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Investor halves BG Group stake as doubts grow over Shell deal

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By Ben Martin, and Ben Marlow, THE SUNDAY TELEGRAPH: 3 JAN 2016

One of the world’s largest investors has more than halved its stake in BG Group, sparking fresh speculation that some of the oil explorer’s top shareholders are sceptical about the prospects for its proposed tie-up with rival Royal Dutch Shell.

Capital Group, which is also one of the biggest investors in Shell, offloaded £417m of BG shares over the course of December, slashing its shareholding in the FTSE 100 giant from 2.2pc to 0.9pc, stock exchange filings show.

The American fund management firm continued to reduce its stake even after Shell published the prospectus for the blockbuster BG takeover on December 22, in which it sought to convince shareholders of the merits of the deal by outlining additional capital spending cuts.

The moves comes as a senior executive at one of the City’s biggest investment houses criticised the planned deal as “a classic case of a deal made using ‘other people’s money’”.

Shareholders in both companies are due to vote on the deal later this month and, like Capital, many of the major investors in Shell also hold stakes in BG. The on-going rout in the oil market has led some to question the logic of the tie-up.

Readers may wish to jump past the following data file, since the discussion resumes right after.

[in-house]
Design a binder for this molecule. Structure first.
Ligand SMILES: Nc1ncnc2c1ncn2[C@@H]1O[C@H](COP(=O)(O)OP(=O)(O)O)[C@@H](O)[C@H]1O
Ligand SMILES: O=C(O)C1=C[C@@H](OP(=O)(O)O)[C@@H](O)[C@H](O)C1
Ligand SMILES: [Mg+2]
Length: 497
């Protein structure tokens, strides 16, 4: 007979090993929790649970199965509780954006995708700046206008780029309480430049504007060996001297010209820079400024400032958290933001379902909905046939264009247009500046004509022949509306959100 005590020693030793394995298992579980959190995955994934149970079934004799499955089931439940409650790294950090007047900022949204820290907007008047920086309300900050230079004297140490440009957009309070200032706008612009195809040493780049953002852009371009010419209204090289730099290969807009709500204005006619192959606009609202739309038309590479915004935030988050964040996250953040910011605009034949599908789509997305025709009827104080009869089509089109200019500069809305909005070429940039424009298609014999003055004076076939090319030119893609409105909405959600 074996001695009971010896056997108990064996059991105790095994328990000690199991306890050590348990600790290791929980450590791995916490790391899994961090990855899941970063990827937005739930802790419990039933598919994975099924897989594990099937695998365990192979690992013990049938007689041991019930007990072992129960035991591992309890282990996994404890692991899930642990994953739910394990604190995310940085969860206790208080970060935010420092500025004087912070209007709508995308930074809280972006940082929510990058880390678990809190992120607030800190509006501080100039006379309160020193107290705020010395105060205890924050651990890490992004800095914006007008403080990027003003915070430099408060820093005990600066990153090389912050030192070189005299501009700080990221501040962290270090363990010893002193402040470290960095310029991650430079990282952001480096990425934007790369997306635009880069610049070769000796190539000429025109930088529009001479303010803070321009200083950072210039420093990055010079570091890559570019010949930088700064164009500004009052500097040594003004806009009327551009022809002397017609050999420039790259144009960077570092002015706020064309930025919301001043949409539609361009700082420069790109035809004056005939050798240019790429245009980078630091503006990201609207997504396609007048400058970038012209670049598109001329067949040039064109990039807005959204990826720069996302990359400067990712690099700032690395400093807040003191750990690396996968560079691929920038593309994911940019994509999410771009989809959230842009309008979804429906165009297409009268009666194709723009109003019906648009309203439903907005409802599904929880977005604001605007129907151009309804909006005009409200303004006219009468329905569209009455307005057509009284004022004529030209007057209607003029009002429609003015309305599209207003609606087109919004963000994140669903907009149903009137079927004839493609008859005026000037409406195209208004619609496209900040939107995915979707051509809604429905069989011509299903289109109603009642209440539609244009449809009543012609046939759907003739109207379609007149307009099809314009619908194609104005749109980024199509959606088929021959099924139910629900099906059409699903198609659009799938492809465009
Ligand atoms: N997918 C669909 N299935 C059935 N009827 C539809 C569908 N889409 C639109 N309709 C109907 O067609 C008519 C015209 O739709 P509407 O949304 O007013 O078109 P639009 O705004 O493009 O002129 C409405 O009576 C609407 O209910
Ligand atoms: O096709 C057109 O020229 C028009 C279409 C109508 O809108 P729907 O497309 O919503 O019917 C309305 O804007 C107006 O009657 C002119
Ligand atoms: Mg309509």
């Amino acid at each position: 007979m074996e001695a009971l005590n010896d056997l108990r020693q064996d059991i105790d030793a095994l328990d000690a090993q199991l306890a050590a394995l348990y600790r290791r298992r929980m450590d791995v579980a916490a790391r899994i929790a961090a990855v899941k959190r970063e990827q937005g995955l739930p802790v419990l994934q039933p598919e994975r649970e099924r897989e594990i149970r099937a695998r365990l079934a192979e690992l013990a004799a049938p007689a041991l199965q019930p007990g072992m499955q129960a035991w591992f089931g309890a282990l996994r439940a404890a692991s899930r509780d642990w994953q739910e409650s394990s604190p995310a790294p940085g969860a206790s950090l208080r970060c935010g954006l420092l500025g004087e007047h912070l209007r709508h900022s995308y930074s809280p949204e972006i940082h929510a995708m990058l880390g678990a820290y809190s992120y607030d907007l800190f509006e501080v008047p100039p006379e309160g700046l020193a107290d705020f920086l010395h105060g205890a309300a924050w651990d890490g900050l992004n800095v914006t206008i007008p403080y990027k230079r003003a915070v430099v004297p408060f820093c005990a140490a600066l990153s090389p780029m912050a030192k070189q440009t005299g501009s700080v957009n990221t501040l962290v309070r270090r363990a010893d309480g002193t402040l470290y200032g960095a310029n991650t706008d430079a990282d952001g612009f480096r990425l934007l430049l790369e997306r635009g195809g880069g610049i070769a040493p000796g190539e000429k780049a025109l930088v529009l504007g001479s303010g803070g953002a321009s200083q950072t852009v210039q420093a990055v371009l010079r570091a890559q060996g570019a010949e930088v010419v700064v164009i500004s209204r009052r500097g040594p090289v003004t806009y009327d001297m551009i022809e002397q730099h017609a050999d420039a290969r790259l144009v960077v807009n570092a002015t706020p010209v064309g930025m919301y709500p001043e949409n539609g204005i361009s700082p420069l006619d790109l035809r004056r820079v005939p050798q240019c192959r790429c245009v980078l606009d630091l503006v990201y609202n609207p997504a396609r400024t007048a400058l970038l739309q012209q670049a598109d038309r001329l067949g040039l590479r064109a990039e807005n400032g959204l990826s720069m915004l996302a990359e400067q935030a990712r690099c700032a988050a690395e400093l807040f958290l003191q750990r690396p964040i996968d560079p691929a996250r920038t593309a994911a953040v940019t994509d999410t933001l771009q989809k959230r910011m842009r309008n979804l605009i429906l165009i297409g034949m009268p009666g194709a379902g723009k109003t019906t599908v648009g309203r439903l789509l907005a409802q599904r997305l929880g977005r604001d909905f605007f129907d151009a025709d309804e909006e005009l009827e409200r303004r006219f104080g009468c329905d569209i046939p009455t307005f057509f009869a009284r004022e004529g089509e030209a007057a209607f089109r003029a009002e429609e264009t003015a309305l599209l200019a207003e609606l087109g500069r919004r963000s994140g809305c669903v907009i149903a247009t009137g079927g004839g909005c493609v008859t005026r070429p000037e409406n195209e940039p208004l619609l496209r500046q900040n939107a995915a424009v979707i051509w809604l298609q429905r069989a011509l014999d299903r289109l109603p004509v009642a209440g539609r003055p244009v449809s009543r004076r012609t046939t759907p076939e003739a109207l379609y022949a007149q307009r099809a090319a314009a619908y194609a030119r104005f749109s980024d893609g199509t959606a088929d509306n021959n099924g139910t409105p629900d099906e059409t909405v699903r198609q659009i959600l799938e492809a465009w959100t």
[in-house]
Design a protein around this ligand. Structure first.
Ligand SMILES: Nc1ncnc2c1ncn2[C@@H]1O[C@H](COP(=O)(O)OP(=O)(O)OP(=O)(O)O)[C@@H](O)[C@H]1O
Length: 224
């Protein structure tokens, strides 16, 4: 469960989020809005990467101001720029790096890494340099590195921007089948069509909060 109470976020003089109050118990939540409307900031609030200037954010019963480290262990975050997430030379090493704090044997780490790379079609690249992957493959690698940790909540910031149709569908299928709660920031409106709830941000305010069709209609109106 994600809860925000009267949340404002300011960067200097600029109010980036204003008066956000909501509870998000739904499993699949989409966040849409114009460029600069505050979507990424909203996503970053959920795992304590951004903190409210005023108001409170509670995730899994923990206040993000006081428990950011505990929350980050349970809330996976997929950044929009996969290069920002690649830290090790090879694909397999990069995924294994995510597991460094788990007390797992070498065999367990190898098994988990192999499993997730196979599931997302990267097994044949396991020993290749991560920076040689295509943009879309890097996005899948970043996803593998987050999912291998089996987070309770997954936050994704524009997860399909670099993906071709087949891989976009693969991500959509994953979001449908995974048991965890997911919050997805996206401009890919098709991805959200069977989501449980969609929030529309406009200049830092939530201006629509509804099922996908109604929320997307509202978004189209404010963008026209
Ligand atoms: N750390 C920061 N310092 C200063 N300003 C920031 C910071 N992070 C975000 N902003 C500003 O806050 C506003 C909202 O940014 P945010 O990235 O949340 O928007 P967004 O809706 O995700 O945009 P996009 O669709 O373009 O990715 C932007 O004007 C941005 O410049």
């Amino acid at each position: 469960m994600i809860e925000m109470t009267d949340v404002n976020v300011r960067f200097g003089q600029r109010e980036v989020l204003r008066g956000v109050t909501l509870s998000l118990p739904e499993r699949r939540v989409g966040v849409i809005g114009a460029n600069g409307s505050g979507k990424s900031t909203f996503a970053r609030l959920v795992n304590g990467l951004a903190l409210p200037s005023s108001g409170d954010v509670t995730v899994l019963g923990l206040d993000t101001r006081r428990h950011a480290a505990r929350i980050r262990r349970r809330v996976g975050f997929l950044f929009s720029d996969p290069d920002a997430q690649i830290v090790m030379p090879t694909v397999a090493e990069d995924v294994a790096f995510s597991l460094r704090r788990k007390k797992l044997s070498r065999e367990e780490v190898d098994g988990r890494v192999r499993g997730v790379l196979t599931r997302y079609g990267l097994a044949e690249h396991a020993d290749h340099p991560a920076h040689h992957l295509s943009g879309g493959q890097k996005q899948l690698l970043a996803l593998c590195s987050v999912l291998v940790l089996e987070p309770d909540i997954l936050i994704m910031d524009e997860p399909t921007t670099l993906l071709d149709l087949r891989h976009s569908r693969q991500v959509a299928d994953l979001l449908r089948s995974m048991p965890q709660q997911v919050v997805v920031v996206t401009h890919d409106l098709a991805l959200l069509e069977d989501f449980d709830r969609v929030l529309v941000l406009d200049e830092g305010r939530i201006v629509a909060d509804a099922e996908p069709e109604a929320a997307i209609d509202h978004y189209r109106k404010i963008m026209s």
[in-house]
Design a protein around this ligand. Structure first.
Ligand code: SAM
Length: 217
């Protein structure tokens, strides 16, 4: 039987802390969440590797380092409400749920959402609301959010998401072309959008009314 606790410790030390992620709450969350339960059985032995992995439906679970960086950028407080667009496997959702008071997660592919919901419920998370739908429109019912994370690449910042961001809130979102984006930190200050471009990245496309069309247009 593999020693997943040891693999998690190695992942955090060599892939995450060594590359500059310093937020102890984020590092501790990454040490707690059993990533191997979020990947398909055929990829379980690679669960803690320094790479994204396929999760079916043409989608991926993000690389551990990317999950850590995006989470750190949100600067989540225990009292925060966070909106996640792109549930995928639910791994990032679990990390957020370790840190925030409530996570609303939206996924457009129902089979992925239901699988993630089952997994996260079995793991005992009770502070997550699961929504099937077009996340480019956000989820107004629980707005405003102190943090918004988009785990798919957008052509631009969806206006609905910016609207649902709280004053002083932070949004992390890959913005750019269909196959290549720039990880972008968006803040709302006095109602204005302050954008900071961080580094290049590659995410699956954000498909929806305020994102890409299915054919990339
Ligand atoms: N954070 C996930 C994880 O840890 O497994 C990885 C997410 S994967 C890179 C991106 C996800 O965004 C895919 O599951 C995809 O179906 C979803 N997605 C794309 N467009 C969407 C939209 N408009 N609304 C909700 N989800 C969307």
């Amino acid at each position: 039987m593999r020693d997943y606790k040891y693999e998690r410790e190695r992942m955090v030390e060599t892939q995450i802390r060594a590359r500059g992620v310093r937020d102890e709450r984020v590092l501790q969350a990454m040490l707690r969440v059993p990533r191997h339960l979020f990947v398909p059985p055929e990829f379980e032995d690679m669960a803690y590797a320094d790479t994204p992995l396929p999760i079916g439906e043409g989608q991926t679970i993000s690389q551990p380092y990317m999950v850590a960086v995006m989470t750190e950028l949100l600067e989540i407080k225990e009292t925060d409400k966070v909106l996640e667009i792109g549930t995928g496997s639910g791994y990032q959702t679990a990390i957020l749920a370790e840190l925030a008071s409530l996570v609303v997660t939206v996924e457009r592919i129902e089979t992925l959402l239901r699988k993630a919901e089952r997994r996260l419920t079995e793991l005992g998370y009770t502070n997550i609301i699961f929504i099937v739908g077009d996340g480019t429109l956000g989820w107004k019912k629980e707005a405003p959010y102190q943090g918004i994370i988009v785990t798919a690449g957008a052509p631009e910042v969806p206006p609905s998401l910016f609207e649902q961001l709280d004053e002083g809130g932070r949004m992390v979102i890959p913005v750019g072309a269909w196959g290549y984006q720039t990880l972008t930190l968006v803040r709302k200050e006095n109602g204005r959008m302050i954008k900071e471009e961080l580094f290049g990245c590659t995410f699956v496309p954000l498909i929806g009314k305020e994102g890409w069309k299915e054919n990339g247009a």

Writing in The Sunday Telegraph, Ian McVeigh, head of governance at Jupiter Asset Management, described the vote “a major opportunity for…the largest (arguably most influential)…fund managers to send a powerful message to companies and particularly their advisers” that they are good stewards of investors’ money.

Speaking in a personal capacity and not on behalf of Jupiter, McVeigh said “it seems very hard to imagine that index funds will vote for this deal as so much of the premium that is being paid is going to the company where their holdings are far smaller.”

The oil market turmoil left BG vulnerable to an approach by Shell, with the price of a barrel of Brent crude plunging from its 2014 peak of $115 to about $55 in April, when the two companies revealed the deal.

However, instead of agreeing the tie-up at the bottom of the oil market, crude prices have continued to slump to trade below $37, causing concern that Shell is in danger of overpaying for BG.

Last month, David Cumming, head of equities at Standard Life Investments, which holds stakes in BG and Shell, signalled his opposition to the takeover by publicly warning it does not make “financial sense” with oil at current levels.

The stance taken by Capital, which also marginally increased its shareholding in Shell last month and did not return requests for comment, is unknown.

An investor in both companies that planned to oppose the deal, or was supportive but concerned there was a risk that others might attempt to block the takeover, would in theory cut its exposure to BG to protect against the plunge in its share price if the tie-up collapsed.

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